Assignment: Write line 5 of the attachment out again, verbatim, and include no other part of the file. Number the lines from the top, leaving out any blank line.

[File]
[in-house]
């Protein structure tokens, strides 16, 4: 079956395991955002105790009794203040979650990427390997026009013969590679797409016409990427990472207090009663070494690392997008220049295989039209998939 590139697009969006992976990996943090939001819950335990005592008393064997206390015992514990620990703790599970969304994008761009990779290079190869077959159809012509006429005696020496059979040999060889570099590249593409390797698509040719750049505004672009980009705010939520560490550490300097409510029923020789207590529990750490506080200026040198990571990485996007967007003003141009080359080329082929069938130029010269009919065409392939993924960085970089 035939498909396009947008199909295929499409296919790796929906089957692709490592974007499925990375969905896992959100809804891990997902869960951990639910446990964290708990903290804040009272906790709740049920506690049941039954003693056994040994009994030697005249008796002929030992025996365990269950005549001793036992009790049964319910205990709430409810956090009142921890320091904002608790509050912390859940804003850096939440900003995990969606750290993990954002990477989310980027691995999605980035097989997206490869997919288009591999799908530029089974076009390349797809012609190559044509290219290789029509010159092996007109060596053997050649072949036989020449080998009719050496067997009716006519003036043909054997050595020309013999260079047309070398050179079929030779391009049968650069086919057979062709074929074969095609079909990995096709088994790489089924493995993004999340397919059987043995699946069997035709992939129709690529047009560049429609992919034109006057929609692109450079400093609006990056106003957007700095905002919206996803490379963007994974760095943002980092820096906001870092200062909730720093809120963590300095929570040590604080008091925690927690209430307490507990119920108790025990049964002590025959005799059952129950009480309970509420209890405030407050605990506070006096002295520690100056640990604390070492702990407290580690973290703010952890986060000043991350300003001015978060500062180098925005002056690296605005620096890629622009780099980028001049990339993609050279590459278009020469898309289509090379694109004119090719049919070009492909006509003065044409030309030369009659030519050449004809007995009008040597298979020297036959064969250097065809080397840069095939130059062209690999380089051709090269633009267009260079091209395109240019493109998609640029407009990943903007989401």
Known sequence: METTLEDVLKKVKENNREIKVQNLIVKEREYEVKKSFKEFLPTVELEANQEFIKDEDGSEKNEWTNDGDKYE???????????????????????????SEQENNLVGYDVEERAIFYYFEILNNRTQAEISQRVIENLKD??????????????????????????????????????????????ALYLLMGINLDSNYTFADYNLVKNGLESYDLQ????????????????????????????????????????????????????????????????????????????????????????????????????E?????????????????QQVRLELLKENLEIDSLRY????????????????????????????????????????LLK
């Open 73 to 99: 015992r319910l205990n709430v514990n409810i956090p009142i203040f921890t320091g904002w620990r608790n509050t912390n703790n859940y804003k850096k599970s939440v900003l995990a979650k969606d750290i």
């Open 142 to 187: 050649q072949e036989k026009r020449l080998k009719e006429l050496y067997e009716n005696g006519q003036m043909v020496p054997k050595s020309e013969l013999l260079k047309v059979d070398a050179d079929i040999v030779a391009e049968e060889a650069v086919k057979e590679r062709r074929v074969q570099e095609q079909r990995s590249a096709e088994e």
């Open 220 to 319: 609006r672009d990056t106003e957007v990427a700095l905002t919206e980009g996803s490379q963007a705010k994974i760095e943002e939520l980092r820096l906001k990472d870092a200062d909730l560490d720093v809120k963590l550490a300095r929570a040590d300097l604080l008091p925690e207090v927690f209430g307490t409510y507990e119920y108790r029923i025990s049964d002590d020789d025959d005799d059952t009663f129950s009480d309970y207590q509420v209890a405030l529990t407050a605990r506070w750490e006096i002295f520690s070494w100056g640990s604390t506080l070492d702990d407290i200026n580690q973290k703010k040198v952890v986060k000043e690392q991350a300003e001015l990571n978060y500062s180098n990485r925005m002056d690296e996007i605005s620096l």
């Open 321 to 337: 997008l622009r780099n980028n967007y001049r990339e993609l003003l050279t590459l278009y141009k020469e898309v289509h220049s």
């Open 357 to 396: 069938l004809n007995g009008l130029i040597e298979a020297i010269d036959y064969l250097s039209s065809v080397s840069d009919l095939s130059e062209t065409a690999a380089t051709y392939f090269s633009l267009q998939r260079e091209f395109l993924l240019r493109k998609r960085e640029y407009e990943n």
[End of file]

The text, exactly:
């Open 142 to 187: 050649q072949e036989k026009r020449l080998k009719e006429l050496y067997e009716n005696g006519q003036m043909v020496p054997k050595s020309e013969l013999l260079k047309v059979d070398a050179d079929i040999v030779a391009e049968e060889a650069v086919k057979e590679r062709r074929v074969q570099e095609q079909r990995s590249a096709e088994e």